Yara Rule Guide

YARA Rule Guide

YARA is a tool used by malware researchers, security engineers, and threat analysts to identify and classify malware. YARA uses rules, each consisting of a set of strings and a boolean expression, to identify malware.

This guide will walk you through creating a YARA rule.

Structure of a YARA Rule

A basic YARA rule consists of:

  1. Rule Name
  2. Meta Section
  3. Strings Section
  4. Condition Section

Here is the basic structure:

rule Rule_Name {
        description = "Your description here"
        author = "Author's name"
        date = "Creation date"

        $string1 = "string to be matched"
        $string2 = {hex to be matched}

        $string1 or $string2

Rule Name

The rule name is simply the name of your rule. It must start with a letter and can include numbers, _, and -.

Meta Section

The meta section provides additional information about the rule. This information doesn’t influence the rule’s operation and is entirely optional.

Strings Section

The strings section is where you define the strings and hexadecimal bytes that you want YARA to search for. You can define as many or as few as you want.

Condition Section

The condition section is where you define the logic that YARA will use when searching for matches. If the condition is met, then the rule is considered a match.

Writing a YARA Rule

Let’s walk through writing a basic YARA rule.

rule HelloWorld {
        description = "Detects a simple HelloWorld string"
        author = "Your Name"
        date = "2023-06-02"

        $hw_string = "HelloWorld"


This rule looks for the string “HelloWorld”. If it’s found in the target, the rule is considered a match.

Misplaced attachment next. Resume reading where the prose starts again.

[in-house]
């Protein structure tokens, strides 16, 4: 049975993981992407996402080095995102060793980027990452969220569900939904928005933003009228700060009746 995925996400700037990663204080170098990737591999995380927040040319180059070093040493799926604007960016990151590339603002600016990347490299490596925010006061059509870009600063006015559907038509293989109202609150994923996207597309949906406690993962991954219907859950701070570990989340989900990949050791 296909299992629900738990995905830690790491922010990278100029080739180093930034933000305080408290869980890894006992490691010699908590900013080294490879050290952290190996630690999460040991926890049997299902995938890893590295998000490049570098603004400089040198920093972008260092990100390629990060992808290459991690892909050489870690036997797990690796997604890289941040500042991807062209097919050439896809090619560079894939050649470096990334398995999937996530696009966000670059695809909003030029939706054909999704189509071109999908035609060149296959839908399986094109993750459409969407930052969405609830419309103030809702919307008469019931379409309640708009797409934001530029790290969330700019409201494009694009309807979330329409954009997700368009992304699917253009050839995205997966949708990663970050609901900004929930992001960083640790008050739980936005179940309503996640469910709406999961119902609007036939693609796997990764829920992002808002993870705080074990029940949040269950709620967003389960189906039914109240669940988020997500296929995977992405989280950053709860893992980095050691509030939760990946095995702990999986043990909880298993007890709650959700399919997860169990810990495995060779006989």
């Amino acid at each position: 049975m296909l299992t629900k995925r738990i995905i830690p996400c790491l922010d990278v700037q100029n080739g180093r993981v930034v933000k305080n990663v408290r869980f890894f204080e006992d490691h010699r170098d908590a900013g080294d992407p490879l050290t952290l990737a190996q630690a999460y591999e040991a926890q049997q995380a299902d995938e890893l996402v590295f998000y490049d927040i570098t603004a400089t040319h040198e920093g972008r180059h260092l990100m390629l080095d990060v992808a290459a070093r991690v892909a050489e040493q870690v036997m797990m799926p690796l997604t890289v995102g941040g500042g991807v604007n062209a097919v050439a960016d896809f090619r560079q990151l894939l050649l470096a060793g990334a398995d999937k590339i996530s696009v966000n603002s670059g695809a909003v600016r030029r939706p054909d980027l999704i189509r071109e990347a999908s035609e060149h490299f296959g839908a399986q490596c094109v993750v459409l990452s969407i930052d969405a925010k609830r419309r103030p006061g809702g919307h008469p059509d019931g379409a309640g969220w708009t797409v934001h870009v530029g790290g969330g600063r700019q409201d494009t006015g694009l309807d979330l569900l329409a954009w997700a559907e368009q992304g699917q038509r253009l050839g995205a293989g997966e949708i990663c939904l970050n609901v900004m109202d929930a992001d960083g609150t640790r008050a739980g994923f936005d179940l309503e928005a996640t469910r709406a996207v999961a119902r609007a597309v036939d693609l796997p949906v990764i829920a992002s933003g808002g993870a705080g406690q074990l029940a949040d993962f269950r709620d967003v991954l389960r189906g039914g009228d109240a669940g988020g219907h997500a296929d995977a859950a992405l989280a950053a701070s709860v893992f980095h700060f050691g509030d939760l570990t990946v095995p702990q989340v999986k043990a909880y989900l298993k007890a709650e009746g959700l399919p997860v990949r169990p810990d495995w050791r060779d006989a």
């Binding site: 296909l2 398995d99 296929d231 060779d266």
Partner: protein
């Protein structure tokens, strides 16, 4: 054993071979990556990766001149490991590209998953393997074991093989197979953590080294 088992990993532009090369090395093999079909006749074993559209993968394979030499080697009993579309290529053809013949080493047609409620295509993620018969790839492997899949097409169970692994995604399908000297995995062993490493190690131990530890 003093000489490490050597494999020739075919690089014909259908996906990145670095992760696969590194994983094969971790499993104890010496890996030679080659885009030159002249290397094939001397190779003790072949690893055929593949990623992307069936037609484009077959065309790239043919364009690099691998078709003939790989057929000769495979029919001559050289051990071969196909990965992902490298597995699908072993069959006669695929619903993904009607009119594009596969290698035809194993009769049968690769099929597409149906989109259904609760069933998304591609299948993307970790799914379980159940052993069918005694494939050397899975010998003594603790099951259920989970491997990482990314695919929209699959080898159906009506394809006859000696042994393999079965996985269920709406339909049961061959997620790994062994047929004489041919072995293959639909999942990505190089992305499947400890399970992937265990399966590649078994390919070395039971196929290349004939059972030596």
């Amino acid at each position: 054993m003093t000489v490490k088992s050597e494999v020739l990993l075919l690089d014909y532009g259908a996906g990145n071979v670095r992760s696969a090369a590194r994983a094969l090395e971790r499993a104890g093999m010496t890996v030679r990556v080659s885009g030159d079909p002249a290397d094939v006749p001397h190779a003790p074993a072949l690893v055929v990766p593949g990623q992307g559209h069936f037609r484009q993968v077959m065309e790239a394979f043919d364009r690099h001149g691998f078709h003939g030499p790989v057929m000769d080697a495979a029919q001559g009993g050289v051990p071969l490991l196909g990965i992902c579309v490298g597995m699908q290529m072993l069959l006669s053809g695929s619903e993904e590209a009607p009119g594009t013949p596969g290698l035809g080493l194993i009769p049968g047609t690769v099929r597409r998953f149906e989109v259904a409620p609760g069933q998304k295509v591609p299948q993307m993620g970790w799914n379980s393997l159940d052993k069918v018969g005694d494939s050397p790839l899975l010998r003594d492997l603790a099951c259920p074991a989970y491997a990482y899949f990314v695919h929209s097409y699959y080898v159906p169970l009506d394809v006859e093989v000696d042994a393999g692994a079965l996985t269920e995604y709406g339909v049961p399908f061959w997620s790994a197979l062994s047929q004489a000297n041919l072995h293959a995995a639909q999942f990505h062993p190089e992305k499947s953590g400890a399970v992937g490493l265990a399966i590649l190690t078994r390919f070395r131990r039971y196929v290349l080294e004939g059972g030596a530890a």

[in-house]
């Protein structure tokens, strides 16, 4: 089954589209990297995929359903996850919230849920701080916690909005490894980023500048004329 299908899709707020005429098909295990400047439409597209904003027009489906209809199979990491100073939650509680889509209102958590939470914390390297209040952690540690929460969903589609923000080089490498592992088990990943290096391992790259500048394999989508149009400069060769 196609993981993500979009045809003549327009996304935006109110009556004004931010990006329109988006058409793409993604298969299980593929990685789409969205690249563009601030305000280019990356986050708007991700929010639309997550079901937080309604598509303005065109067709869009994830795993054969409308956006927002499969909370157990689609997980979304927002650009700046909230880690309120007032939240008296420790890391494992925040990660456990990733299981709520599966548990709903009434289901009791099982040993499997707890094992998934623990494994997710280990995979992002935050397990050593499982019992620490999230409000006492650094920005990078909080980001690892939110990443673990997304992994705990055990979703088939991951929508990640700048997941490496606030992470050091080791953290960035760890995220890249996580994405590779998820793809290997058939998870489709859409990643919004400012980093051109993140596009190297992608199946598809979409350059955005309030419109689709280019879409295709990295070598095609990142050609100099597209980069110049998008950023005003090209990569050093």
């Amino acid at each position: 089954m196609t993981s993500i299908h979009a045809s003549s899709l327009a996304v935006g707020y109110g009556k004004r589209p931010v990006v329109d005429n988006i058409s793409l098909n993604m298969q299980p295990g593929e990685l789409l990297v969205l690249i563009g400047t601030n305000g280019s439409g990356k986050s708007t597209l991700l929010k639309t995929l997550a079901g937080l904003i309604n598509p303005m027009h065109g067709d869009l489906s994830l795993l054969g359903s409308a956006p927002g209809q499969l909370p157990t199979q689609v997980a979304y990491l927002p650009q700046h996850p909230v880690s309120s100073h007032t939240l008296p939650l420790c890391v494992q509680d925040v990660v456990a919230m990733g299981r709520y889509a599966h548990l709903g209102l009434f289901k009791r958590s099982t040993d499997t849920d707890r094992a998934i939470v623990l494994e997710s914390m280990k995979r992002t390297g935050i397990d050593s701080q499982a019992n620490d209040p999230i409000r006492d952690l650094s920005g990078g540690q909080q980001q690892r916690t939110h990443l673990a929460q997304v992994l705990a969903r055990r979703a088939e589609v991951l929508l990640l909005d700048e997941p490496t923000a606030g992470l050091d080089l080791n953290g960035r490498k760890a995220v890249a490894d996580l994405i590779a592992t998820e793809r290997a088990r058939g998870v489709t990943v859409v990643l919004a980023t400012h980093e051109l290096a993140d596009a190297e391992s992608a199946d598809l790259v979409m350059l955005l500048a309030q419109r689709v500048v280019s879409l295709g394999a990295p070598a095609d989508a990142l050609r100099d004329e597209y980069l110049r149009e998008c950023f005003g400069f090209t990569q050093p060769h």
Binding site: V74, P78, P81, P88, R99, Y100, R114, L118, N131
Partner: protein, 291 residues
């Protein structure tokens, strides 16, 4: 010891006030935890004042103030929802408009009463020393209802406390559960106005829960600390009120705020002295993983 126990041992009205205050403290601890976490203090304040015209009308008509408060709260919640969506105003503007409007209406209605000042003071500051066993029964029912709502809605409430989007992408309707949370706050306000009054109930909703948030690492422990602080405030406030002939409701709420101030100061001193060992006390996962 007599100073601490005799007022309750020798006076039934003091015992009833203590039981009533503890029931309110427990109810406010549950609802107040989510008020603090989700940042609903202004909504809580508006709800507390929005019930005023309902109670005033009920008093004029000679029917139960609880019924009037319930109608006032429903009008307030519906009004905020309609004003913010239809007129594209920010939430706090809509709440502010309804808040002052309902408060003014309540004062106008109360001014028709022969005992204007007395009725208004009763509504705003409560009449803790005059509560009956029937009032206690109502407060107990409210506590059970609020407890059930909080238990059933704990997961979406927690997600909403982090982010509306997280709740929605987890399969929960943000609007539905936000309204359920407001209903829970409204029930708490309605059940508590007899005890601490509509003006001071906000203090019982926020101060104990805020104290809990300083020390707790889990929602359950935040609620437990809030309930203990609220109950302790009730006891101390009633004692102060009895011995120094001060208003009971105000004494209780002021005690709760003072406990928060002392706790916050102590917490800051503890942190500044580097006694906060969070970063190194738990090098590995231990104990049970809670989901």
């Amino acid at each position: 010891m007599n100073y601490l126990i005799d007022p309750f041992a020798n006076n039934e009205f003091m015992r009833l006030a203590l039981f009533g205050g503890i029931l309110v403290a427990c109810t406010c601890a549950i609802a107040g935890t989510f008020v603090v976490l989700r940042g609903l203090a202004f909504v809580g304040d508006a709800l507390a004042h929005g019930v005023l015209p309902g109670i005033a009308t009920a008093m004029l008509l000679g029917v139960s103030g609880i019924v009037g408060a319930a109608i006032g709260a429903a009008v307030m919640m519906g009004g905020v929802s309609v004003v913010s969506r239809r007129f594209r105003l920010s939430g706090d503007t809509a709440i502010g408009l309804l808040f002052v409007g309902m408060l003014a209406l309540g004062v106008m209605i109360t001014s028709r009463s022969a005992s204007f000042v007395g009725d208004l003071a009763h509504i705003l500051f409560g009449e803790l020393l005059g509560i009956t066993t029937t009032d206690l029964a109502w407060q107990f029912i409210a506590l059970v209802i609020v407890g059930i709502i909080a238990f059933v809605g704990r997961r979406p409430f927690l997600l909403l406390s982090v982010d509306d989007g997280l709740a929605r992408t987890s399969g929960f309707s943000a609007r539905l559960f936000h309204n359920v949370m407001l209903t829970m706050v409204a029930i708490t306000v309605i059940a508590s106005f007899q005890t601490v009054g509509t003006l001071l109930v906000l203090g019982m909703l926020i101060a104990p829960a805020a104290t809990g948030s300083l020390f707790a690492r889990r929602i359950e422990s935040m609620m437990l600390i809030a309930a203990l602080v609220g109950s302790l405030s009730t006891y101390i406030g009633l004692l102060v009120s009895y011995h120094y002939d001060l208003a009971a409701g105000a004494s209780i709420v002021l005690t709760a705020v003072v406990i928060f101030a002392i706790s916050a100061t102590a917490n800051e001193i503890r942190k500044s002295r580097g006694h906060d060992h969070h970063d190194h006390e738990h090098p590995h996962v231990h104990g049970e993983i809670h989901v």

Operators and Functions

YARA provides a variety of operators and functions to use in your rules.

Boolean Operators

YARA supports standard boolean operators: and, or, not.

For example:

rule BooleanExample {
        $string1 = "Hello"
        $string2 = "World"

        $string1 and $string2

This rule will only match if both “Hello” and “World” are found.


You can use quantifiers to specify the number of instances of a string.

For example:

rule QuantifierExample {
        $string1 = "Hello"

        2 of them

This rule will only match if “Hello” is found at least twice.

Positional Operators

You can use positional operators to look for strings at specific positions.

For example:

rule PositionalExample {
        $string1 = "Hello"

        $string1 at 0

This rule will only match if “Hello” is found at the beginning of the file.


YARA provides a variety of functions to use in your rules, such as filesize(), int8(), uint16(), etc.

For example:

rule FunctionExample {
        filesize > 100KB

This rule will only match if the file size is greater than 100KB.

Tips for Writing Effective YARA Rules

  1. Be Specific: The more specific your rules are, the fewer false positives you’ll have.

  2. Test

Your Rules: Always test your rules on multiple samples to ensure they’re working correctly.

  1. Use Meta Fields: The meta fields can provide useful context about what the rule is meant to detect.

  2. Comment Your Rules: Commenting your rules can make it easier for others (or you in the future) to understand what the rule is doing.

  3. Keep Up to Date with YARA’s Capabilities: YARA is constantly being updated and improved. Make sure you’re familiar with its latest capabilities to write the best possible rules.

  4. Use Hex Strings for Binary Values: Using hexadecimal strings can be more reliable when matching binary data.

That’s it! You’re now ready to start writing your own YARA rules. Happy hunting!